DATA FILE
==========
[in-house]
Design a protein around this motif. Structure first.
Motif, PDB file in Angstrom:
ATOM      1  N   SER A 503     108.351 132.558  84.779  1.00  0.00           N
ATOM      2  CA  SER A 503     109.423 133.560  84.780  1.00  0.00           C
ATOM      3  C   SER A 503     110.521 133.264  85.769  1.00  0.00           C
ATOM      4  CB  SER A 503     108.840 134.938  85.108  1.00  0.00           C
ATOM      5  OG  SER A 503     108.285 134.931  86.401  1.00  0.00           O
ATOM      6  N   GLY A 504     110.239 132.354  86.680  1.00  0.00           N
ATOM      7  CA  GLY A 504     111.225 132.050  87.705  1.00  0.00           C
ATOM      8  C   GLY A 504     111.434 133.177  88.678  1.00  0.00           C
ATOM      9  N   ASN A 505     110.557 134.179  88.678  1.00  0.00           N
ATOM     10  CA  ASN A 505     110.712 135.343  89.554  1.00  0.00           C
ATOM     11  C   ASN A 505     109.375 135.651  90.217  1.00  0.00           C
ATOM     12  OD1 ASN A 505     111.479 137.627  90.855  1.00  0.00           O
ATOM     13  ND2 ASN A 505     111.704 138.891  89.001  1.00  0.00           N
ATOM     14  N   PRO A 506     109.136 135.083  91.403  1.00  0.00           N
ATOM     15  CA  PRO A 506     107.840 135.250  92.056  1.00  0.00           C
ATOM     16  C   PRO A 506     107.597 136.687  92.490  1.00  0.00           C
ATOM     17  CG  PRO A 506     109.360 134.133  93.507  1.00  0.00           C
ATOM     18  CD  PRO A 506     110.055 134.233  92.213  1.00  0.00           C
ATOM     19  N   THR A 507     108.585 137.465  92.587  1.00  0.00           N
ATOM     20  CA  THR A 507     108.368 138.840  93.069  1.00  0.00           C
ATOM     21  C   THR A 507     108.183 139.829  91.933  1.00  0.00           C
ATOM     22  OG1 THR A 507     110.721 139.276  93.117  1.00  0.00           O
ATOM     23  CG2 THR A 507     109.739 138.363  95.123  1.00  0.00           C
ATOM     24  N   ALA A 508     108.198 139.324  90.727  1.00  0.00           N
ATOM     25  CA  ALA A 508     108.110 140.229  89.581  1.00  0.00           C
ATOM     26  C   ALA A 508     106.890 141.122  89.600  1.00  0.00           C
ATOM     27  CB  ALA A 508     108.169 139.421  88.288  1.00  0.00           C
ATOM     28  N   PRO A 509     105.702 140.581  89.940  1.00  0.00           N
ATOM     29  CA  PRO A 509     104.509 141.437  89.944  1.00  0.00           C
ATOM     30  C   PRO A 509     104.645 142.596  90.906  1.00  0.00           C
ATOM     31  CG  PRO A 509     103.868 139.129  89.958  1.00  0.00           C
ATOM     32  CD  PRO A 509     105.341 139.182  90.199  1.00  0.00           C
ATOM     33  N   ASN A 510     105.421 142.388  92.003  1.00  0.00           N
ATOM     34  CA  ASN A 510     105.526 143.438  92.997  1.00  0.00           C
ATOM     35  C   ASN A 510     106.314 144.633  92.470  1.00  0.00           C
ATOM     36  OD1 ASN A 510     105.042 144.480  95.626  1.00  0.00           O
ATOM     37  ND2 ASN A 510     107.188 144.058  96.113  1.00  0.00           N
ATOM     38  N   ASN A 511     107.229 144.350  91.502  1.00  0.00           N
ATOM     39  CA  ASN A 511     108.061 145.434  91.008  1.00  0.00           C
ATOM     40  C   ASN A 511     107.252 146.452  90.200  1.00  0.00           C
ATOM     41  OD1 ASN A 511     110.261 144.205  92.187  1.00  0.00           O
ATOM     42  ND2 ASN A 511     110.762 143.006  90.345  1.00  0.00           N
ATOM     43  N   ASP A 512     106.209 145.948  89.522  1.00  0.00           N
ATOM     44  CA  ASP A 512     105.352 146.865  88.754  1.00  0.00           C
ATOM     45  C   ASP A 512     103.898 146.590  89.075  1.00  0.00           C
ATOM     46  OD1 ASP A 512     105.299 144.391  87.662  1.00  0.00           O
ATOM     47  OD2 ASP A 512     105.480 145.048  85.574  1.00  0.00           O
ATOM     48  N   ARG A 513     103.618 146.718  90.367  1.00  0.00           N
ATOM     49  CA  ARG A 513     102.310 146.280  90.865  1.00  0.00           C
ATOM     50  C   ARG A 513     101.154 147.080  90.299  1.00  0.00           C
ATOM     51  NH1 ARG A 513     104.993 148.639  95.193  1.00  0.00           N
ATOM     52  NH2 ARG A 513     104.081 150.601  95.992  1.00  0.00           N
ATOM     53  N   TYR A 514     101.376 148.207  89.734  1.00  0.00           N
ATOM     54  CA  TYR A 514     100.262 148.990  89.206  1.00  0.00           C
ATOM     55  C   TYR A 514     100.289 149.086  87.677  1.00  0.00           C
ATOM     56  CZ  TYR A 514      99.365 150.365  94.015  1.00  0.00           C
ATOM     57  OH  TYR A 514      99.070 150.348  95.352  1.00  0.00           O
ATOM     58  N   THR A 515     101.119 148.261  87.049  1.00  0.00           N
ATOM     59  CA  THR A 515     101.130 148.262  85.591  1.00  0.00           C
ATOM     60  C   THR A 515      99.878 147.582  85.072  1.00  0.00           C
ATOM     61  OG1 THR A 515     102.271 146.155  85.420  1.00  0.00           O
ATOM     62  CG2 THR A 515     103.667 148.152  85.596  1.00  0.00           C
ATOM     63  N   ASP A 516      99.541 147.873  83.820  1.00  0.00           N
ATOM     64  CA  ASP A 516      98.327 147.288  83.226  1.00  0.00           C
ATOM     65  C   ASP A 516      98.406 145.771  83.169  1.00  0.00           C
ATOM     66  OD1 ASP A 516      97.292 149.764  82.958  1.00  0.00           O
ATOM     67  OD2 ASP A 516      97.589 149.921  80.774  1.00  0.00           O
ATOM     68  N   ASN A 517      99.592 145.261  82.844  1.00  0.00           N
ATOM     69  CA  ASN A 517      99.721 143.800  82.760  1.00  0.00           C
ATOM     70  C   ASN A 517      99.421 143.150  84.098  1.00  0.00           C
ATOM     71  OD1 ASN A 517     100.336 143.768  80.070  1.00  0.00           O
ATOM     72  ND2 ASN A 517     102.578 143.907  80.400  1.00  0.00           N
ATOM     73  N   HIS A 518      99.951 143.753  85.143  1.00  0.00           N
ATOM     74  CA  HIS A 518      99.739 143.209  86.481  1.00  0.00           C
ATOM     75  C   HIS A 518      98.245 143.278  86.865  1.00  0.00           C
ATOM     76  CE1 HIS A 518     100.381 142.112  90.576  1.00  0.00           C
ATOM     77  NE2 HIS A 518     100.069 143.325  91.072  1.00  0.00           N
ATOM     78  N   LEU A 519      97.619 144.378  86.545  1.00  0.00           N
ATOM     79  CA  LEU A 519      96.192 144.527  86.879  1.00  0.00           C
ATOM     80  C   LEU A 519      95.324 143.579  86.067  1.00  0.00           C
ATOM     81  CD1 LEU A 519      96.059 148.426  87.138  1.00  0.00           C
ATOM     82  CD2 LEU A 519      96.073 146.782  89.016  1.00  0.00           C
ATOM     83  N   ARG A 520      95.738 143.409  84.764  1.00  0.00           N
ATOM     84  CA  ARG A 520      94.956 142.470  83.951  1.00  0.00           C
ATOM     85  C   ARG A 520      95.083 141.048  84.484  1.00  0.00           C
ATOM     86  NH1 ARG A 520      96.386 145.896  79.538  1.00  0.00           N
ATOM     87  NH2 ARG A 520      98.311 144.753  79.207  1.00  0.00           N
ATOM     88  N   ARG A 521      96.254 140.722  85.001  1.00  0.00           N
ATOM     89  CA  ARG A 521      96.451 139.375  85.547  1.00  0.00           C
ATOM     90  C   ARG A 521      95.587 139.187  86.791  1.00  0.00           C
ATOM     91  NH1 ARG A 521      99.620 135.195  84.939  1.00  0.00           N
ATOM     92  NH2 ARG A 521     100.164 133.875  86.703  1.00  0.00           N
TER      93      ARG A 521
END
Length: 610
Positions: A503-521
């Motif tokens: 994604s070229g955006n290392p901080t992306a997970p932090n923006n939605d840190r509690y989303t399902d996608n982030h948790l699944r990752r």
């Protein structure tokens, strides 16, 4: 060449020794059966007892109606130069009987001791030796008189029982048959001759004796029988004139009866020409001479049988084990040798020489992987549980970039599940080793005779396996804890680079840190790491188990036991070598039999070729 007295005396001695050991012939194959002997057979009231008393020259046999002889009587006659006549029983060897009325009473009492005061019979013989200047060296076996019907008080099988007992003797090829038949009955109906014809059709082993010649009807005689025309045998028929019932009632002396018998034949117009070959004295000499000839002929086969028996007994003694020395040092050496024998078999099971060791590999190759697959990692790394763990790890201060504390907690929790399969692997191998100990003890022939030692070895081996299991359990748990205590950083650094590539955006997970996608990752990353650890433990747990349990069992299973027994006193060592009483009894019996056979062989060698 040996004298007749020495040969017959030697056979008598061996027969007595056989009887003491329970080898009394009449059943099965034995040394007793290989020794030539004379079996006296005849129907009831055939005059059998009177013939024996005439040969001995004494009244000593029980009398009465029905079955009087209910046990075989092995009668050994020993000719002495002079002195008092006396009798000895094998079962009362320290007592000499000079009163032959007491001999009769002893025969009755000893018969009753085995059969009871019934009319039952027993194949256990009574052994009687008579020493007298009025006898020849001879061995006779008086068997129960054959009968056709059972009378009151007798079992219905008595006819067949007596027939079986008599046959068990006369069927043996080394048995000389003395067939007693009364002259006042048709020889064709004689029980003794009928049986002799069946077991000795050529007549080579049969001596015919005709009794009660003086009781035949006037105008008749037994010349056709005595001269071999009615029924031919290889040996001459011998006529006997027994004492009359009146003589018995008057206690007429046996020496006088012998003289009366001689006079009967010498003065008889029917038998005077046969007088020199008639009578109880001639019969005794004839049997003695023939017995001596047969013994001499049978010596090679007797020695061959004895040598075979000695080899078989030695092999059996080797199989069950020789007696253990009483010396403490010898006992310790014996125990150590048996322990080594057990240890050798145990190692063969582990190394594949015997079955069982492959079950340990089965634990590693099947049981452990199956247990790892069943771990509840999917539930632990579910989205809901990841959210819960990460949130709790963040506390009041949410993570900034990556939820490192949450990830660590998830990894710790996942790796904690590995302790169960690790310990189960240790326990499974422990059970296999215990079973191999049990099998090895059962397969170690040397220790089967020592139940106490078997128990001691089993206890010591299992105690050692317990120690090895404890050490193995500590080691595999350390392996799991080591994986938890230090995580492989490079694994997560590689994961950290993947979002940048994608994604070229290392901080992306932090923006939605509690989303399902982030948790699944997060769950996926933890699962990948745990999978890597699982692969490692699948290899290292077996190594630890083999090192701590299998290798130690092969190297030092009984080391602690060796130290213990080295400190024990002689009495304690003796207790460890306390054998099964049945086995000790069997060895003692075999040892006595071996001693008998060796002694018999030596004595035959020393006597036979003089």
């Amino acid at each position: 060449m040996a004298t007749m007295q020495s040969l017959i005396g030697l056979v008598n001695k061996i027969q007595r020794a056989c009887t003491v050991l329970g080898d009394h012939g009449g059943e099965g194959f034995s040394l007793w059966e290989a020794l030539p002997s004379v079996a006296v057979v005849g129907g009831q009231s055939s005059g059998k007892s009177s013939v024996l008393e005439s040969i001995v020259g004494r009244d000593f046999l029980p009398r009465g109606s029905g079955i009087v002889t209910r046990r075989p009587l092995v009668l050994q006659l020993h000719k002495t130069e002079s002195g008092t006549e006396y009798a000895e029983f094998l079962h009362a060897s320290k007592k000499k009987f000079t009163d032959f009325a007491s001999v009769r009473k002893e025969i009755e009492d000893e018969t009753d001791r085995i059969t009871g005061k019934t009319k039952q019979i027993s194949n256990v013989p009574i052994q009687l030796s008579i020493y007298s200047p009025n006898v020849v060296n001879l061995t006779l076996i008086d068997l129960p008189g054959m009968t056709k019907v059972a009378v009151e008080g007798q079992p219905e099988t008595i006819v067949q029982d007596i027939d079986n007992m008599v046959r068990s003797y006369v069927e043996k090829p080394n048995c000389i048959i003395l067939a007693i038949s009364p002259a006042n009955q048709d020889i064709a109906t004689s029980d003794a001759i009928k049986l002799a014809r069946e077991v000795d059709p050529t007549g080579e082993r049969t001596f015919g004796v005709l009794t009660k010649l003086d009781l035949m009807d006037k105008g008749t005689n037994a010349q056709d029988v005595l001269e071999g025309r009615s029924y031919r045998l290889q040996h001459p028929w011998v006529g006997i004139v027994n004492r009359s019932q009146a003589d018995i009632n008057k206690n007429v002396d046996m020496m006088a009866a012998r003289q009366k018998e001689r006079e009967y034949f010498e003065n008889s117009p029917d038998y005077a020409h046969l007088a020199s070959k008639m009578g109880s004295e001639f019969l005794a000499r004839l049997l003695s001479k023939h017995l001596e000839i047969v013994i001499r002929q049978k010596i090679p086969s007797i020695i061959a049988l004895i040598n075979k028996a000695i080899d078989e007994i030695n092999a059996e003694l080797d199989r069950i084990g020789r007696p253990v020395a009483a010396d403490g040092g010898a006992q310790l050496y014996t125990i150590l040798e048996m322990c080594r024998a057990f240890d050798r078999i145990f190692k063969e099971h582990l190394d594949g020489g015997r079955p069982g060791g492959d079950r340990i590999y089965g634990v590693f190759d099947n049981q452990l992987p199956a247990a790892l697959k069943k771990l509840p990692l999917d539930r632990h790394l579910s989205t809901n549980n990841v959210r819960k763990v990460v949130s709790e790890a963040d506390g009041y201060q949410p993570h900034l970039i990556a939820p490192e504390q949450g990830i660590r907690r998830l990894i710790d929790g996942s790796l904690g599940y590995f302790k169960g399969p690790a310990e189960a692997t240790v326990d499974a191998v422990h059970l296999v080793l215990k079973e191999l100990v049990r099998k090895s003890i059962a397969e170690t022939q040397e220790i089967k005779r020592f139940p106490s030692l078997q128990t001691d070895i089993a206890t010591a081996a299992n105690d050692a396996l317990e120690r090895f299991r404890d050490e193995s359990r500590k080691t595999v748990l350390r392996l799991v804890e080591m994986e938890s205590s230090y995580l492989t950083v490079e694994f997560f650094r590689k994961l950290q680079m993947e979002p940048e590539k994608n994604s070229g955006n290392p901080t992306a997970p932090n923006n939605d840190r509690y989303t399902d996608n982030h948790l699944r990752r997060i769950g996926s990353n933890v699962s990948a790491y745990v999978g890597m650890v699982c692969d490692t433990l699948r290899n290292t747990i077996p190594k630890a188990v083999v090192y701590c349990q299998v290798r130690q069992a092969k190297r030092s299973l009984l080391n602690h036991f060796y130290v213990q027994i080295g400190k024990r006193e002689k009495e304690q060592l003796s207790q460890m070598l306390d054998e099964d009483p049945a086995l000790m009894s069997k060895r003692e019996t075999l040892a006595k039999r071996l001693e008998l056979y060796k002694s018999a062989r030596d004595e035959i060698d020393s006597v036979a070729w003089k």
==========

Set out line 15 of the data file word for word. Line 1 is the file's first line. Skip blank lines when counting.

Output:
ATOM     12  OD1 ASN A 505     111.479 137.627  90.855  1.00  0.00           O